Copyright Lawsuits Over Product Shots Are Stupid–eTrailer v. Automatic Equipment
The plaintiff is a retailer of “motor vehicle accessories.” The defendant manufactures towing supplies and has previously distributed its goods to the plaintiff. The plaintiff created product shots and obtained copyright registrations for some of them. On the right is the first page of a 64 page exhibit from the complaint cataloging product shots and associated copyright registrations. The plaintiff alleges the defendant copied its product shots and used them on the defendant’s own website and in the defendant’s product catalog. Allegedly the defendant asked for permission to reuse the photos and was denied, but took them anyway.
Note: it’s relatively unusual for a retailer to sue a manufacturer for infringing product shots. More typically, a manufacturer creates product shots, and retailers or ancillary services (like brokers or consumer review sites) reuse them without express permission. Those reuses create a theoretical risk of copyright infringement but rarely lead to lawsuits because manufacturers anticipate the photo reuse will ultimately produce sales for them. In contrast, the retailer-plaintiff here had less reason to expect that the manufacturer’s resuse of product shots would generate sales for the retailer.
The court acknowledges that the plaintiff’s copyright registrations confer a presumption of validity. The court nevertheless says the plaintiff must show that the defendant copied something original to the plaintiff, and the court proceeds to shit all over the copyrightability of product shots:
the plaintiff (etrailer) did not recite any facts regarding the staging of its photographs, decisions that etrailer made regarding lighting, facts regarding the arrangement of the items in the photographs, the purpose of the background against which the towing part were set, or any other element that would owe its origin to etrailer or its employee, thereby making the work etrailer’s creation—even if etrailer’s degree of creativity was merely slight….
Attached to the plaintiff’s complaint are two exhibits showing what it contends are its works and the associated copyright registration numbers. The works depicted are towing parts and accessories that are stamped with logos of both the plaintiff and defendant. Nothing about the images would allow the Court to conclude that any level of creativity or originality went into the production of the photographs on the plaintiff’s website….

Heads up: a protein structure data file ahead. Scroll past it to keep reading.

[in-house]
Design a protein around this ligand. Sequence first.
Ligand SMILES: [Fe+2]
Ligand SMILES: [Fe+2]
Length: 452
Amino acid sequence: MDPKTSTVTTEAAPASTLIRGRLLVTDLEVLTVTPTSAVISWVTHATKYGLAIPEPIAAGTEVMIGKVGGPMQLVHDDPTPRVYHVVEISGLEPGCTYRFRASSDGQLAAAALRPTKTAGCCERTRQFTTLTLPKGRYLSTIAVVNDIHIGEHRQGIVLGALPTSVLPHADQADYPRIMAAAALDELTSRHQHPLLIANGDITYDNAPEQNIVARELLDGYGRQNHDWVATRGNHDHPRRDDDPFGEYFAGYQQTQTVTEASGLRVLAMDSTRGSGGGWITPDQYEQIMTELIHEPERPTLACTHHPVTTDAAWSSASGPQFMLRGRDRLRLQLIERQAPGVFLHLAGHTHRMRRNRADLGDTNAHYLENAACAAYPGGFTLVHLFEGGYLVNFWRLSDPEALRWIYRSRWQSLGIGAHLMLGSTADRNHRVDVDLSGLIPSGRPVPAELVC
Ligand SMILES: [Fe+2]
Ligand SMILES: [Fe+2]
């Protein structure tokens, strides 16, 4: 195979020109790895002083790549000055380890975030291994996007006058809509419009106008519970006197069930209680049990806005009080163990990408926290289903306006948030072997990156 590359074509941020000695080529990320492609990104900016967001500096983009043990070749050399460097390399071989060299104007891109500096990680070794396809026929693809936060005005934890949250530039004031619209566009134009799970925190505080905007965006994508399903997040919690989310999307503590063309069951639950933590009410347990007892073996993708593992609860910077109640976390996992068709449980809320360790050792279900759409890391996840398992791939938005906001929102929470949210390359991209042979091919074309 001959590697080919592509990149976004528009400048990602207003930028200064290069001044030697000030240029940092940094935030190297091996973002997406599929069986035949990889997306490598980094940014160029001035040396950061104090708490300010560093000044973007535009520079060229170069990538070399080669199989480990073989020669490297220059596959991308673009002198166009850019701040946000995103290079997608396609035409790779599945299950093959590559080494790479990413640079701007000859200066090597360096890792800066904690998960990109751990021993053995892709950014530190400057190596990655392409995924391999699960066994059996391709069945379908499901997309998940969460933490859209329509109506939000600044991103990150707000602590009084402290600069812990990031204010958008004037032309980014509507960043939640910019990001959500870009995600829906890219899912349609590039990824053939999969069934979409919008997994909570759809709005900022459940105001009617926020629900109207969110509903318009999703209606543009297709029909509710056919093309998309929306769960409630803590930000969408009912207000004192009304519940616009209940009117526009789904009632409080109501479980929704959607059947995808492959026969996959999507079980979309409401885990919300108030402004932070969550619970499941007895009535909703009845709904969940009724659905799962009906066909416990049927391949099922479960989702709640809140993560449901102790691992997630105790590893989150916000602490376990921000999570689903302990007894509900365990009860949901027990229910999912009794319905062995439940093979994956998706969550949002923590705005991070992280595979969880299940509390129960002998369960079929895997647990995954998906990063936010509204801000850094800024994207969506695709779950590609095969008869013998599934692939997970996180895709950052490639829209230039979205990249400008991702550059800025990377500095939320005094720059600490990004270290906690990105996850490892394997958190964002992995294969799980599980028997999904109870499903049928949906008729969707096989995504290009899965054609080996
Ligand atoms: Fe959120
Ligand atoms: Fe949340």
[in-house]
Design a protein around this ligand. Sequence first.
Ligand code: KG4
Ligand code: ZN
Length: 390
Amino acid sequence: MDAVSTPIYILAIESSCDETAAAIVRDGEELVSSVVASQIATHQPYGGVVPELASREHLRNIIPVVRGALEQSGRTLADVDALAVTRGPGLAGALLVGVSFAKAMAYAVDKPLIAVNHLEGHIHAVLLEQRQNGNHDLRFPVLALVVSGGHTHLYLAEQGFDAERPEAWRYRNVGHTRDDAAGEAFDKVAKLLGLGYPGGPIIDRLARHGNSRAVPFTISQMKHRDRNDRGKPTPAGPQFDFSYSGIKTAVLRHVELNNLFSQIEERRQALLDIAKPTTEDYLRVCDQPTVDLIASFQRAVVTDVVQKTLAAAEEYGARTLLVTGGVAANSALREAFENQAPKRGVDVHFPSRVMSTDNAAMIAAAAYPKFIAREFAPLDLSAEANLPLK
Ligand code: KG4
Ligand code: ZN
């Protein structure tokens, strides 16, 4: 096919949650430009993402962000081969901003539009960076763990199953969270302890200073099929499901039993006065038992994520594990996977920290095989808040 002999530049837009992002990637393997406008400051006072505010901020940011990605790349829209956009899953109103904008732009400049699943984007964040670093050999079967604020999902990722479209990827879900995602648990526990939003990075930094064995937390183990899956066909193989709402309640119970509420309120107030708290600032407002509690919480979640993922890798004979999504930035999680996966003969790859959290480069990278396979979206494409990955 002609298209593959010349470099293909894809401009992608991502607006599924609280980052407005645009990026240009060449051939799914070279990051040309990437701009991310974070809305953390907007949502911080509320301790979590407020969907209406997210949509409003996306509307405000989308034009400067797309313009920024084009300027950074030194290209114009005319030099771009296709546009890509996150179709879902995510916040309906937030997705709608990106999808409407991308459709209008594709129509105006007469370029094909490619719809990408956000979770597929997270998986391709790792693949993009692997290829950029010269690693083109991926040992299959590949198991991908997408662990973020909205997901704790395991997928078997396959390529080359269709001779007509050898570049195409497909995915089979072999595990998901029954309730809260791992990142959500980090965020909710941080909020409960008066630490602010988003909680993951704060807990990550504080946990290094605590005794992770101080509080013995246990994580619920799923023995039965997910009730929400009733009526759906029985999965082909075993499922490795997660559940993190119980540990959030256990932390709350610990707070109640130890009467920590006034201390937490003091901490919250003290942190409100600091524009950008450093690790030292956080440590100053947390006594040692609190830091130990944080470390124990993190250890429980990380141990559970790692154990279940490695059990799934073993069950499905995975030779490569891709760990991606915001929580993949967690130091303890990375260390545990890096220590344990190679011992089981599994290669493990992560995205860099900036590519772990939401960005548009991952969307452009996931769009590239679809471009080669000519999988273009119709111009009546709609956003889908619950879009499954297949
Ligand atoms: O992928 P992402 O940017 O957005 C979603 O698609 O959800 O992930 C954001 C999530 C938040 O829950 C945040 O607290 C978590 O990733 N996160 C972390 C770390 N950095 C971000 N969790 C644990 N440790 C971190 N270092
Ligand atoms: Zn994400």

What the plaintiff describes in its complaint as its works are merely accurate photographs of towing parts that are available for purchase through the plaintiff’s website. No facts have been alleged showing any degree of creativity or originality in the photographs, and the exhibits attached to the plaintiff’s complaint reflect photographic images of items for sale that are not unlike photographic images of items for sale on any of a thousand other such retail vendor websites selling a multitude of different products.
If that’s what the presumption of validity looks like, imagine the court’s analysis without such a presumption!
The complaint alleged that the plaintiff “invested significant time and money in creating the photographs,” which the court denigrates as a “sweat of the brow” argument.
I can’t tell if the court dismissed the case with prejudice. If not, the plaintiffs can make the necessary allegations and try again. If dismissal was with prejudice, the decisiveness of this ruling suggests that the defendant should be getting a 505 shift of its attorneys’ fees–and an expensive lesson in the stupidity of product shot lawsuits.
While I like this result, the court unfairly trashes photographers’ efforts when preparing even unremarkable photos. Every human photographer necessarily makes editorial decisions about how to present the subject material, even when the goal is simply to provide a truthful and accurate depiction of goods for sale. (I might feel less strongly about automatically created photos, such as still images taken from a security videocamera). The court’s wobbly application of photo copyright law nevertheless makes complete sense because product shot litigation is so stupid that it deserves to be blown out of court.
Case citation: eTrailer Corp. v. Automatic Equipment Mfg Co., 8:18-CV-351 (D. Neb. April 15, 2019)
Selected Prior Posts on Product Shots:
* Ruling in Emoji Beach Ball IP Case Left Me Confused –Kangaroo v. Amazon
* Amazon Not Liable for Affiliates’ Allegedly Bad Acts–Routt v. Amazon
* Catching Up on 4 Months of Online Copyright Cases–Myxer, Hotfile, Megaupload, Flava Works, Zediva, Blue Nile, Perfect 10, Rojadirecta
* Inflatable Giant Gorilla Attacks Google (for Copyright Infringement)–Scherba v. Google
* Keyword Ad and Product Shots Case Survives Motion to Dismiss–FragranceNet v. FragranceX
* Keyword Metatags and Keyword-Triggered Ads Don’t Create Initial Interest Confusion–Designer Skin v. S&L Vitamins
* Court Says Keyword Metatags Don’t Matter–Standard Process v. Banks
* Yet Another NY Court Says Keyword Ads & Metatags Aren’t TM Use in Commerce–S&L Vitamins v. Australian Gold